The Al Saud -- in this 20th century renaissance -- were led by the laconic and
politically astute Abd-al Aziz, who, on uniting the fractious Bedouin tribes,
launched the Saudi "Ikhwan" in the spirit of Abd-al Wahhab's and Ibn Saud's
earlier fighting proselytisers.
The Ikhwan was a reincarnation of the early, fierce, semi-independent vanguard
movement of committed armed Wahhabist "moralists" who almost had succeeded in
seizing Arabia by the early 1800s. In the same manner as earlier, the Ikhwan
again succeeded in capturing Mecca, Medina and Jeddah between 1914 and 1926. Abd-al
Aziz, however, began to feel his wider interests to be threatened by the
revolutionary "Jacobinism" exhibited by the Ikhwan. The Ikhwan revolted --
leading to a civil war that lasted until the 1930s, when the King had them put
down: he machine-gunned them.
For this king, (Abd-al Aziz), the simple verities of previous decades were
eroding. Oil was being discovered in the peninsular. Britain and America were
courting Abd-al Aziz, but still were inclined to support Sharif Husain as the
only legitimate ruler of Arabia. The Saudis needed to develop a more
sophisticated diplomatic posture.
So Wahhabism was forcefully changed from a movement of revolutionary jihad and
theological takfiri purification, to a movement of conservative social,
political, theological, and religious da'wa (Islamic call) and to justifying the
institution that upholds loyalty to the royal Saudi family and the King's
OIL WEALTH SPREAD WAHHABISM
With the advent of the oil bonanza -- as the French scholar, Giles Kepel writes,
Saudi goals were to "reach out and spread Wahhabism across the Muslim world ...
to "Wahhabise" Islam, thereby reducing the "multitude of voices within the
religion" to a "single creed" -- a movement which would transcend national
divisions. Billions of dollars were -- and continue to be -- invested in this
manifestation of soft power.
It was this heady mix of billion dollar soft power projection -- and the Saudi
willingness to manage Sunni Islam both to further America's interests, as it
concomitantly embedded Wahhabism educationally, socially and culturally
throughout the lands of Islam -- that brought into being a western policy
dependency on Saudi Arabia, a dependency that has endured since Abd-al Aziz's
meeting with Roosevelt on a U.S. warship (returning the president from the Yalta
Conference) until today.
Westerners looked at the Kingdom and their gaze was taken by the wealth; by the
apparent modernization; by the professed leadership of the Islamic world. They
chose to presume that the Kingdom was bending to the imperatives of modern life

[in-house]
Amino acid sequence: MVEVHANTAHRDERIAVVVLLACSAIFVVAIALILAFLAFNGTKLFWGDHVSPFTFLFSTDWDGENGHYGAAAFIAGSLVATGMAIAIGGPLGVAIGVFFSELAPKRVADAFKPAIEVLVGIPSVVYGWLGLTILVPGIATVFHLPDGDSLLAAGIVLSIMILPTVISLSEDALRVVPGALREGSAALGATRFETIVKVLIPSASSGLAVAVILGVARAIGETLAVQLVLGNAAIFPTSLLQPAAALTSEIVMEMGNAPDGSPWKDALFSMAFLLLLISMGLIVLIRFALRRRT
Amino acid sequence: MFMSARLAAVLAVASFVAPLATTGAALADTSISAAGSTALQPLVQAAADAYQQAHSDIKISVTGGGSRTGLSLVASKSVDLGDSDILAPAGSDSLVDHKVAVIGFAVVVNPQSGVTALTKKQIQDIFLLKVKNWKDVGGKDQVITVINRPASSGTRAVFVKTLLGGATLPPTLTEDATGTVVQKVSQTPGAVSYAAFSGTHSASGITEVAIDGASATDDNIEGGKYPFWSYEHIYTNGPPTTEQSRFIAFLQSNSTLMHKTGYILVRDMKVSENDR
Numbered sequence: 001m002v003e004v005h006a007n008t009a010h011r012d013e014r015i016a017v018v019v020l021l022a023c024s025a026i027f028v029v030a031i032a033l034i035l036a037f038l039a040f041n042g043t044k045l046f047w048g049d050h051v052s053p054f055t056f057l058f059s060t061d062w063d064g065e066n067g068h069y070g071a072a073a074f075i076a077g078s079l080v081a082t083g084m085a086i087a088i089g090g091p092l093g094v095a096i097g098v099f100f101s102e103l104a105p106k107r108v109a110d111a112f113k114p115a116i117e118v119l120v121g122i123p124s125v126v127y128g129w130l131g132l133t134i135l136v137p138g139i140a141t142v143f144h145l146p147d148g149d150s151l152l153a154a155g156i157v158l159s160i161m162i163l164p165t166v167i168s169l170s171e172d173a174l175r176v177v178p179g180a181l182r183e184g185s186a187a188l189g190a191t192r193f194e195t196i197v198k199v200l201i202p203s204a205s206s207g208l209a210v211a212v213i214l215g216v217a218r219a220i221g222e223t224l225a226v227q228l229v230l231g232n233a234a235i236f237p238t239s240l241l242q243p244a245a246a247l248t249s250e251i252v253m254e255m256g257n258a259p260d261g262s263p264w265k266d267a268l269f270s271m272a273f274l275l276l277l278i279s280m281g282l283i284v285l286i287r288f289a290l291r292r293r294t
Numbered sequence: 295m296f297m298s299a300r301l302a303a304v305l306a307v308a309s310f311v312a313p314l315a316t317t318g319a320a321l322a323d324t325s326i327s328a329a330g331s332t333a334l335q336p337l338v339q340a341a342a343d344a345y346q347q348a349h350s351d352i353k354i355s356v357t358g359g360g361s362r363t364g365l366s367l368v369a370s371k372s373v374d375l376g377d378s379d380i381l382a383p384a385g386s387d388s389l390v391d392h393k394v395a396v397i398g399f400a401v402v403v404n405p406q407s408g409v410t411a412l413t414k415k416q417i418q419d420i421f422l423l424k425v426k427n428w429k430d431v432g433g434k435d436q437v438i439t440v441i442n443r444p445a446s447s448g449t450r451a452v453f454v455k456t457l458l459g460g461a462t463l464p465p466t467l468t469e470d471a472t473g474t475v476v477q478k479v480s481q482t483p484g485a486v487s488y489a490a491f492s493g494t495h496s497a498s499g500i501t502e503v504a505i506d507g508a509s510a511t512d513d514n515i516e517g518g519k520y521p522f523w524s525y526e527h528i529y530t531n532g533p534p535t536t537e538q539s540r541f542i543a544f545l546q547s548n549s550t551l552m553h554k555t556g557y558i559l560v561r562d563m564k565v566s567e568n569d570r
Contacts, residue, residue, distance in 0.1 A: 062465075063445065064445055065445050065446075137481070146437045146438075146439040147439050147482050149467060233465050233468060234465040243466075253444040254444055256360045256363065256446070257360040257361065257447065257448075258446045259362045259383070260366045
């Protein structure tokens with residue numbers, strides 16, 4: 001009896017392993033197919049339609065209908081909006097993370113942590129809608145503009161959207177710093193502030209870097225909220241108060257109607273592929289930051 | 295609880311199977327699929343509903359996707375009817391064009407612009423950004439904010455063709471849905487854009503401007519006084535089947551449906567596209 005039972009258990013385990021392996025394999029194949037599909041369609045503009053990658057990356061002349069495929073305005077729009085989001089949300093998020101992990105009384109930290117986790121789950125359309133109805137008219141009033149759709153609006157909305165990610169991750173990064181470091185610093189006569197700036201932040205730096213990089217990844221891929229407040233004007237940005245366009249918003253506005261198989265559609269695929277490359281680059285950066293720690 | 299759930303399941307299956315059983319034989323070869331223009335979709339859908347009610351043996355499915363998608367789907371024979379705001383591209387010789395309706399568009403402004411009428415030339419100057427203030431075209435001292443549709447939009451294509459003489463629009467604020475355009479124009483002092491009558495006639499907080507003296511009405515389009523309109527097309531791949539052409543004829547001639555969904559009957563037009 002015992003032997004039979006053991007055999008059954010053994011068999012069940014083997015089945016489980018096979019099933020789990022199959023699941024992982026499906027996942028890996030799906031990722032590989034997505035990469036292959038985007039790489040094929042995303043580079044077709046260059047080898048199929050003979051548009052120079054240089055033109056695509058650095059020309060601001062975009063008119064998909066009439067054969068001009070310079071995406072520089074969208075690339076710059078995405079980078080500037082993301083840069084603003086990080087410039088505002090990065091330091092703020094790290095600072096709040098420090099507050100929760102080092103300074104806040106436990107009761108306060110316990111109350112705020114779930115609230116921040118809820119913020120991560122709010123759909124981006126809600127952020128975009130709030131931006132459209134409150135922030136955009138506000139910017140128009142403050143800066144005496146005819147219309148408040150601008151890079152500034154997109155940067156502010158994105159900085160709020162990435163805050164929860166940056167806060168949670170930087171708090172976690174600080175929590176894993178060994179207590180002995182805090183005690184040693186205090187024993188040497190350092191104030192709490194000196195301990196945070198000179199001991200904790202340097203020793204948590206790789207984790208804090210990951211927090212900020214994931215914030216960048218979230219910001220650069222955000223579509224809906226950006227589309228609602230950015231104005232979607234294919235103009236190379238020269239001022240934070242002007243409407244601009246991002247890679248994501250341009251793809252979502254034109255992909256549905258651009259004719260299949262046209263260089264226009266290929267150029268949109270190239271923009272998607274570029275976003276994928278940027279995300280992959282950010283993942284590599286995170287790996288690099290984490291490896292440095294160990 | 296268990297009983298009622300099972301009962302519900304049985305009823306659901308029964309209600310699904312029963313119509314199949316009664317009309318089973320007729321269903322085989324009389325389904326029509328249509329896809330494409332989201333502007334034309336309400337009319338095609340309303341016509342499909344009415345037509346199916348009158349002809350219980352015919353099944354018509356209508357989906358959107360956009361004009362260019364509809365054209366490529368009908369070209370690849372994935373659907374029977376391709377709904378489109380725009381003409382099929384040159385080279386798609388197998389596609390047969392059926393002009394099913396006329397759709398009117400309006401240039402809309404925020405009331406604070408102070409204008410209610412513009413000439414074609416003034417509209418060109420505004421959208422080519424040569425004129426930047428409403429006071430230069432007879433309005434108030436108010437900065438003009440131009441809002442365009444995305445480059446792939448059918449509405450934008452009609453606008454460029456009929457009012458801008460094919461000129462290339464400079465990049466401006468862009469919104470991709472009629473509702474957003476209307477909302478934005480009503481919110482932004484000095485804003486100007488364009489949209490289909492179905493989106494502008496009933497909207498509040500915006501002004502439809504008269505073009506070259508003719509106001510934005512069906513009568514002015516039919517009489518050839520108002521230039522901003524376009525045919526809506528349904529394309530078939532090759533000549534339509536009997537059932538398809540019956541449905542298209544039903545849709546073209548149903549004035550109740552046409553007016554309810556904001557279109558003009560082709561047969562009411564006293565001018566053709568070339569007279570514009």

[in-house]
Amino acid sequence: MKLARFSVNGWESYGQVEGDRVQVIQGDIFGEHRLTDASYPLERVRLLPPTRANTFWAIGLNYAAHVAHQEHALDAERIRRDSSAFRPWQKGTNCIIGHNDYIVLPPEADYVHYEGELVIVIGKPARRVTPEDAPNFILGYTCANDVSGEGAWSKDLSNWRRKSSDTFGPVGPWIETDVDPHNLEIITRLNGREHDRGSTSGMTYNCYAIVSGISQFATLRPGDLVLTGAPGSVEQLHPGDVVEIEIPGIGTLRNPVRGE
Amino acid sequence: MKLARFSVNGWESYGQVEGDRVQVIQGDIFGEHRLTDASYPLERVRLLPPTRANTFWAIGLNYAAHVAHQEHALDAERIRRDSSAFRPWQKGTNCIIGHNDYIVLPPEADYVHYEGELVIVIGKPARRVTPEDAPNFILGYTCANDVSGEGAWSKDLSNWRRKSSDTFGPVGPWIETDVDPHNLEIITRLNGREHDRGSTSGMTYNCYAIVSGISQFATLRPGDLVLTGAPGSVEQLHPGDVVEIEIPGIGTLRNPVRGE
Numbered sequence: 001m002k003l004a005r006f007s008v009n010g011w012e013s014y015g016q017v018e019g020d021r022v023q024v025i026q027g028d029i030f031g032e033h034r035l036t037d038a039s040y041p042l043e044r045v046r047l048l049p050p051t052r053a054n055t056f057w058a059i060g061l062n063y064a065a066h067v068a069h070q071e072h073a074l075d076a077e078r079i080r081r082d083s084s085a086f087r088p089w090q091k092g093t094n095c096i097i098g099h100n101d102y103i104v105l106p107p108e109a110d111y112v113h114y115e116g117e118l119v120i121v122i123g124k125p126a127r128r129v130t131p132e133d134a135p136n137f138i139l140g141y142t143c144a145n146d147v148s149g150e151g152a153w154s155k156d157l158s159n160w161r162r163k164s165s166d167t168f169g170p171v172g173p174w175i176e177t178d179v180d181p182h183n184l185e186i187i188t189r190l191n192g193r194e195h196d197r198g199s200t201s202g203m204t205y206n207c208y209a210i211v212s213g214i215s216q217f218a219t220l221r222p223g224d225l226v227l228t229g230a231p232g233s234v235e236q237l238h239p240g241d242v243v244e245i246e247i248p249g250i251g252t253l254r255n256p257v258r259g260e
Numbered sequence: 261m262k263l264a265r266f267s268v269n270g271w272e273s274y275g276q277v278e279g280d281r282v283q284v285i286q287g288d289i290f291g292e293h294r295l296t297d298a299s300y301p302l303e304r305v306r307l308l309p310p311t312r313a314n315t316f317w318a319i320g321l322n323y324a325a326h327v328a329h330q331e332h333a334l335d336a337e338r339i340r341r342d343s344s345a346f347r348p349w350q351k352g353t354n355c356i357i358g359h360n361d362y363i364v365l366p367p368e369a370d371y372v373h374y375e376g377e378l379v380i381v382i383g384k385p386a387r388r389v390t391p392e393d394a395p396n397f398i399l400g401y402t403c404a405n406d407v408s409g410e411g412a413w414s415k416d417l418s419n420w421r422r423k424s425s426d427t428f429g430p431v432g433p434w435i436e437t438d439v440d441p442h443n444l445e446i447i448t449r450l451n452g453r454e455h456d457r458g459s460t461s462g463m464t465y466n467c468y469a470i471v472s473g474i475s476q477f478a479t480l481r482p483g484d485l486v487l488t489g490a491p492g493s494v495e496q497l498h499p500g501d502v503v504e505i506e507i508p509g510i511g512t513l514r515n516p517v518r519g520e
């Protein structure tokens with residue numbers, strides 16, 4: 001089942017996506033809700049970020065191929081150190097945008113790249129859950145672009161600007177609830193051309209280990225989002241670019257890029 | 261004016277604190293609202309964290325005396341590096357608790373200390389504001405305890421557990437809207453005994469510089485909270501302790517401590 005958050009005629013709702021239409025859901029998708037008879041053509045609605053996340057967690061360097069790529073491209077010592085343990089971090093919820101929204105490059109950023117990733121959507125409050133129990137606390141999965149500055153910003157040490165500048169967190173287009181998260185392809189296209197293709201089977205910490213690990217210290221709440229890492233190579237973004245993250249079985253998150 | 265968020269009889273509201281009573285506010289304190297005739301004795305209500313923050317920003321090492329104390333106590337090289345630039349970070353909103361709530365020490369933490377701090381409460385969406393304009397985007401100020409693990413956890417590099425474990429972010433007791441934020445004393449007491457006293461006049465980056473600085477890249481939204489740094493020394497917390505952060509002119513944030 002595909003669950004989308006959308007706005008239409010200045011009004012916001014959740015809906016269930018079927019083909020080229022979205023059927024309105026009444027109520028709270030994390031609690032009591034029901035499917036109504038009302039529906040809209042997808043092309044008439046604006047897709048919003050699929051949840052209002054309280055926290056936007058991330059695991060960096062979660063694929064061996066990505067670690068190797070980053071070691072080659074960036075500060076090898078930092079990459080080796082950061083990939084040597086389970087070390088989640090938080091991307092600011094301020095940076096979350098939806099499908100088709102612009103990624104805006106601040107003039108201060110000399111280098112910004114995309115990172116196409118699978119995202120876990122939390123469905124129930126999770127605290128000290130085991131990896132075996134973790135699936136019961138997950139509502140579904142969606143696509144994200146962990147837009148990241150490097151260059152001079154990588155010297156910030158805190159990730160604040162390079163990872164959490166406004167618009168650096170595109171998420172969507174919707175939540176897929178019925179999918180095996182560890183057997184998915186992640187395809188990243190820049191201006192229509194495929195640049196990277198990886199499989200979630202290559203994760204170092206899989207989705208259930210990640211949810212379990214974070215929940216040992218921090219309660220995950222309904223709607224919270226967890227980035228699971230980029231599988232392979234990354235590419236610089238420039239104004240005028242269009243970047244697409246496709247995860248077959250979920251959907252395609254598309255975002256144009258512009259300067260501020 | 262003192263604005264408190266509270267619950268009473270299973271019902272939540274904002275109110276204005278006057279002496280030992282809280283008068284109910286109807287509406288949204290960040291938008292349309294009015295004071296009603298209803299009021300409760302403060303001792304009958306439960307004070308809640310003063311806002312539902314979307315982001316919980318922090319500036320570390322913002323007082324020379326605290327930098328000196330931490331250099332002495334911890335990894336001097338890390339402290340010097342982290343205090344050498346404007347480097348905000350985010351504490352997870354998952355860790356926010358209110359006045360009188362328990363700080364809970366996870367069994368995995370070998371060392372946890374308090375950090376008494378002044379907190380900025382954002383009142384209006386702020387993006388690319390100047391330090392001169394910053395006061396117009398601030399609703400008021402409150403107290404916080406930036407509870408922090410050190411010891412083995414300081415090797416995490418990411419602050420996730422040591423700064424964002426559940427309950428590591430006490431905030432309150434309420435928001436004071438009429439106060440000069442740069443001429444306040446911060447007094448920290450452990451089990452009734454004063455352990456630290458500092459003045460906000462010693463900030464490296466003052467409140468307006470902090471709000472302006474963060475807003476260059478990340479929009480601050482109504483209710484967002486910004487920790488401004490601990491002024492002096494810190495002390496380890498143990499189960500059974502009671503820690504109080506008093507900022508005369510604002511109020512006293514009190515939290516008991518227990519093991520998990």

-- and that the management of Sunni Islam would bend the Kingdom, too, to modern
"On the one hand, ISIS is deeply Wahhabist. On the other hand, it is ultra
radical in a different way. It could be seen essentially as a corrective
movement to contemporary Wahhabism."
But the Saudi Ikhwan approach to Islam did not die in the 1930s. It retreated,
but it maintained its hold over parts of the system -- hence the duality that we
observe today in the Saudi attitude towards ISIS.
On the one hand, ISIS is deeply Wahhabist. On the other hand, it is ultra
radical in a different way. It could be seen essentially as a corrective
movement to contemporary Wahhabism.
ISIS is a "post-Medina" movement: it looks to the actions of the first two
Caliphs, rather than the Prophet Muhammad himself, as a source of emulation, and
it forcefully denies the Saudis' claim of authority to rule.
As the Saudi monarchy blossomed in the oil age into an ever more inflated
institution, the appeal of the Ikhwan message gained ground (despite King
Faisal's modernization campaign). The "Ikhwan approach" enjoyed -- and still
enjoys -- the support of many prominent men and women and sheikhs. In a sense,
Osama bin Laden was precisely the representative of a late flowering of this
Today, ISIS' undermining of the legitimacy of the King's legitimacy is not seen
to be problematic, but rather a return to the true origins of the Saudi-Wahhab
In the collaborative management of the region by the Saudis and the West in
pursuit of the many western projects (countering socialism, Ba'athism, Nasserism,
Soviet and Iranian influence), western politicians have highlighted their chosen
reading of Saudi Arabia (wealth, modernization and influence), but they chose to
ignore the Wahhabist impulse.
After all, the more radical Islamist movements were perceived by Western
intelligence services as being more effective in toppling the USSR in
Afghanistan -- and in combatting out-of-favor Middle Eastern leaders and states.
Why should we be surprised then, that from Prince Bandar's Saudi-Western mandate
to manage the insurgency in Syria against President Assad should have emerged a
neo-Ikhwan type of violent, fear-inducing vanguard movement: ISIS? And why
should we be surprised -- knowing a little about Wahhabism -- that "moderate"
insurgents in Syria would become rarer than a mythical unicorn? Why should we
have imagined that radical Wahhabism would create moderates? Or why could we
imagine that a doctrine of "One leader, One authority, One mosque: submit to it,
or be killed" could ever ultimately lead to moderation or tolerance?
Or, perhaps, we never imagined.